Dear Colleague: For this month, the NEARI Press newsletter article explored the prevalence of childhood trauma in adult male sex offenders using the

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Dear Colleague:
For this month, the NEARI Press newsletter article explored the prevalence of childhood trauma in adult male sex offenders using the Adverse Childhood Experiences Scale (ACES). ACE research has consistently demonstrated the negative impact of early trauma on behavioral, medical, and social well-being in adulthood.

For years, we have explored the impact of ACE on victims and survivors of sexual abuse. In this study, the authors noted that sex offenders as a group have significantly higher rates of ACE than men in the general population.

We hope you find this newsletter compelling as much as we do in writing it. As always, if you have any other questions or suggestions for future newsletter topics, please don't hesitate to contact us.

Joan Tabachnick


Implications of Adverse Childhood Experiences on the Treatment for Adult Male Sex Offenders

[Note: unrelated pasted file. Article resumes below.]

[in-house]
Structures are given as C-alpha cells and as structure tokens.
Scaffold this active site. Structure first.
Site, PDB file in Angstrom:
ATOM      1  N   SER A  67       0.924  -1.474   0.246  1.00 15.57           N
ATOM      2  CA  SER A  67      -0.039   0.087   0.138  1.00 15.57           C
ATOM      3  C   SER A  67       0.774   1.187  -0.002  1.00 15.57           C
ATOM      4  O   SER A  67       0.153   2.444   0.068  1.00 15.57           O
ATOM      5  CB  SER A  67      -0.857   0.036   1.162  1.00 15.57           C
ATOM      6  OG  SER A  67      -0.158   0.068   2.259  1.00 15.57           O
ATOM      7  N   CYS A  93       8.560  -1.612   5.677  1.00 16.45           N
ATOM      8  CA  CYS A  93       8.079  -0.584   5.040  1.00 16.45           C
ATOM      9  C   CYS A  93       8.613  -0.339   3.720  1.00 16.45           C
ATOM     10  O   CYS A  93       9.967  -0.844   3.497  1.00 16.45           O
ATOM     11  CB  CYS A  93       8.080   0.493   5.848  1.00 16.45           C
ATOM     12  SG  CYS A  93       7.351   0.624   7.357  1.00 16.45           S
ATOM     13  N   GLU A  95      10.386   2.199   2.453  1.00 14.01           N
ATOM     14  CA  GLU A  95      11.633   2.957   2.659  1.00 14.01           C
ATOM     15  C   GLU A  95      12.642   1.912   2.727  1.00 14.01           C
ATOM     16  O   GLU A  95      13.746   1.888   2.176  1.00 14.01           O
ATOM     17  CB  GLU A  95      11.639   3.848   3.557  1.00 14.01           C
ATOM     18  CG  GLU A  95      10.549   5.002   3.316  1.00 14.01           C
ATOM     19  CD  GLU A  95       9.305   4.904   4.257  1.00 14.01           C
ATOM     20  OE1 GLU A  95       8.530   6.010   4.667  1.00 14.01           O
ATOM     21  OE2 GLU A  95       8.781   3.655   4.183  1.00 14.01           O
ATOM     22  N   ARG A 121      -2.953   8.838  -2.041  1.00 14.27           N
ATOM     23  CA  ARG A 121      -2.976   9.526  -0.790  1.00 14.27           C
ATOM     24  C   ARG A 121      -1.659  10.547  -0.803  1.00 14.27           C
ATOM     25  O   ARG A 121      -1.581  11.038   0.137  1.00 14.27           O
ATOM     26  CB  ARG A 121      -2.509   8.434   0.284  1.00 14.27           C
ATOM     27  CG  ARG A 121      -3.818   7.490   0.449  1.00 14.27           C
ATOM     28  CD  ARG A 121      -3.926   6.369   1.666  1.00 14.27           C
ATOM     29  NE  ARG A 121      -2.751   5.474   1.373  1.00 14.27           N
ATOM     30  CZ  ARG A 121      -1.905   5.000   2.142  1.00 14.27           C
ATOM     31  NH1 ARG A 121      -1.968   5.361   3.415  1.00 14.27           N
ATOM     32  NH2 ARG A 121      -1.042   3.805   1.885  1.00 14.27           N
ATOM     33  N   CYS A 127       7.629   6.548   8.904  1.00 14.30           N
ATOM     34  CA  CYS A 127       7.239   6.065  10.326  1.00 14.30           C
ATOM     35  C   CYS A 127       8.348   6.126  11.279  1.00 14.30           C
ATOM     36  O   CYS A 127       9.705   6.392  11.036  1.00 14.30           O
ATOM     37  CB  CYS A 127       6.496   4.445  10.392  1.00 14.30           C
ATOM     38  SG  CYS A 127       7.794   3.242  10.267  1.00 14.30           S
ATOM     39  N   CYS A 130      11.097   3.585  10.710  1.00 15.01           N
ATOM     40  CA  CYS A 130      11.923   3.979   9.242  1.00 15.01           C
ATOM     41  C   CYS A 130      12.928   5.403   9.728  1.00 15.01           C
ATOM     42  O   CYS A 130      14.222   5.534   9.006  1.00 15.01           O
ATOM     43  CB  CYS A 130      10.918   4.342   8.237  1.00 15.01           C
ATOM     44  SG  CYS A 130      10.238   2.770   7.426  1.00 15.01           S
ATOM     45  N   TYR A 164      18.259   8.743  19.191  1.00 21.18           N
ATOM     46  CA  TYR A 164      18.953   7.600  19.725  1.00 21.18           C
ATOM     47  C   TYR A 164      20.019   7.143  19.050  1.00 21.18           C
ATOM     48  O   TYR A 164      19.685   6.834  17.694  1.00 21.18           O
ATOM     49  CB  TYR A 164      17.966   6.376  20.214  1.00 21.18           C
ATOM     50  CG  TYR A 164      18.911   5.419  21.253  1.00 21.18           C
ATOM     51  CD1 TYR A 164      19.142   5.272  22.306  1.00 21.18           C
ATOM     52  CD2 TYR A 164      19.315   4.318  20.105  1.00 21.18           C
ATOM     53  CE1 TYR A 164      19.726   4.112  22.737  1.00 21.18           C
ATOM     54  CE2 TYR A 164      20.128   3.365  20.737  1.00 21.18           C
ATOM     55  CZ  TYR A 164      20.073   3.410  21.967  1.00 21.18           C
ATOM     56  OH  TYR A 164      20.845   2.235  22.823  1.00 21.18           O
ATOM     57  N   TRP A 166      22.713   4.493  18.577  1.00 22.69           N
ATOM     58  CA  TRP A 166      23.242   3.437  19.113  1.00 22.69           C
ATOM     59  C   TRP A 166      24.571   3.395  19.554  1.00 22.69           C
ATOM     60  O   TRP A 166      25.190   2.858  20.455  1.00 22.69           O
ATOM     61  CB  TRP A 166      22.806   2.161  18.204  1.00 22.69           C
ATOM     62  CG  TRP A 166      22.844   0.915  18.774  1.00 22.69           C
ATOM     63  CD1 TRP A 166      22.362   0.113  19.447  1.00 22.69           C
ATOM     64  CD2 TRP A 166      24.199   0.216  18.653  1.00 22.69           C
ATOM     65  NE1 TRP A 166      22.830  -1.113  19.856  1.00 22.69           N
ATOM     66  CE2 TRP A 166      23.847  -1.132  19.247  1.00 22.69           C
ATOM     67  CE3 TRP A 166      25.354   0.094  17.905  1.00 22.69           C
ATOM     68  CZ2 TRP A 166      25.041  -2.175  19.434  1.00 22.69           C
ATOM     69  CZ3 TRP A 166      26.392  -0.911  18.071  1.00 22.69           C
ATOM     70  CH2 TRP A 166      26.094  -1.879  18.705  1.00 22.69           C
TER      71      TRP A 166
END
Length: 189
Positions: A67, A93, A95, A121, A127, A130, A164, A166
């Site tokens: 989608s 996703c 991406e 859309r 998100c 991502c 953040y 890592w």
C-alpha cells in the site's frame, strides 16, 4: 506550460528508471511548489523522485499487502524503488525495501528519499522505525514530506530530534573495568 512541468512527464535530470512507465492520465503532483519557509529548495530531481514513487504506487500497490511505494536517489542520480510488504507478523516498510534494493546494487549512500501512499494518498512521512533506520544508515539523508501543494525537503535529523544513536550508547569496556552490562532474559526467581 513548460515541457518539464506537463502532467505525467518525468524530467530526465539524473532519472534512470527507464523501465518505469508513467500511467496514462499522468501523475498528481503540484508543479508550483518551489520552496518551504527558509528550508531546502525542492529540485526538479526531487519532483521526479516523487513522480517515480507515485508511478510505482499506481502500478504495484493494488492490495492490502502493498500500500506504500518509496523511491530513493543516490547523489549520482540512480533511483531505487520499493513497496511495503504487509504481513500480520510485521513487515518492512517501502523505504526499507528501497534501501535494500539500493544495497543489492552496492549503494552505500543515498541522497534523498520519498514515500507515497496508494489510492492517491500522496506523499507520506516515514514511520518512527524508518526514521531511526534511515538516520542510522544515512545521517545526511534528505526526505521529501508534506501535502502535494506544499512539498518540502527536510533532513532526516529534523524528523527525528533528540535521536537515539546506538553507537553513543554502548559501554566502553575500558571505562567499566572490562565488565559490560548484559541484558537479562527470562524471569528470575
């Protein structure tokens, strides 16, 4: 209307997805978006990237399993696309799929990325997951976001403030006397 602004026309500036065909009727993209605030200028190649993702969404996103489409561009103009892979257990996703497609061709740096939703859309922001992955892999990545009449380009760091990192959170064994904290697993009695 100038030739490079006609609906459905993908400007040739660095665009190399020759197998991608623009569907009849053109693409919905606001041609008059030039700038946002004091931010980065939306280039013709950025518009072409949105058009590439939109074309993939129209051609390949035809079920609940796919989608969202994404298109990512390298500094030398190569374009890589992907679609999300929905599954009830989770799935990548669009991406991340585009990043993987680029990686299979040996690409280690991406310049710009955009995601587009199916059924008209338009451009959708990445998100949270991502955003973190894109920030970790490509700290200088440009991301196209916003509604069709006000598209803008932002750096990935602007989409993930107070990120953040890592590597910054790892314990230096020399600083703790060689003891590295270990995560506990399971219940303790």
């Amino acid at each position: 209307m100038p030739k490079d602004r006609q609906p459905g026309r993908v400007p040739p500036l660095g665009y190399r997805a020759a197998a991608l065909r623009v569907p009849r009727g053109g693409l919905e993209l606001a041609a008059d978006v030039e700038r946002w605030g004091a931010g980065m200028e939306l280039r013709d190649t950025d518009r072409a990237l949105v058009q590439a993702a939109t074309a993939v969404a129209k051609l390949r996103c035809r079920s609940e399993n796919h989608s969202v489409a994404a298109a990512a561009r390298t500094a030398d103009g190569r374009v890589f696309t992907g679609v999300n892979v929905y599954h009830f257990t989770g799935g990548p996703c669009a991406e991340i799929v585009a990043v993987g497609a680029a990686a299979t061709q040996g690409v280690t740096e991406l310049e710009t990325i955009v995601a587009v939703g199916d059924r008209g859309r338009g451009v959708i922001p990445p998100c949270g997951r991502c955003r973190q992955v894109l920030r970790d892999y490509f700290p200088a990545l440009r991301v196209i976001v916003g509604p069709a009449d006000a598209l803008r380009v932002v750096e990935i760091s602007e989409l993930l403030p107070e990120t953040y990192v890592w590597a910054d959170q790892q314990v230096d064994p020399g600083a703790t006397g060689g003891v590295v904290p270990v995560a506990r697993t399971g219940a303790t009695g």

by David S. Prescott and Joan Tabachnick

Jill S. Levenson, Gwenda M. Willis, and David S. Prescott

The Question
What is the prevalence of trauma in adult male sex offenders?

The Research
Jill Levenson, Gwenda Willis and (our own) David Prescott explored the prevalence of childhood trauma in 679 adult male sex offenders using the Adverse Childhood Experiences Scale (ACES). ACE research has consistently demonstrated the negative impact of early trauma on behavioral, medical, and social well-being in adulthood. As the authors noted, there has been emerging evidence that early traumatic experiences are common in the lives of sex offenders.

Given the previous studies, it is not surprising that this study found that males convicted of a sex offense had more than 3 times the levels of child sexual abuse, 2 times the levels of physical abuse, 13 times the levels of verbal abuse and more than 4 times the levels of emotional neglect compared to males in the general population.

In the past, some professionals and researchers have suggested that a history of victimization may contribute to offending. The current study does not indicate a direct link but rather, it shows that it is more likely that a sex offender will have experienced multiple forms of physical, emotional, and sexual abuse early in their lifetime. Offenders in general had significantly higher ACE scores than men in the general population. Further, less than 16% of sex offenders had a zero ACE score compared to 38% in the general male population.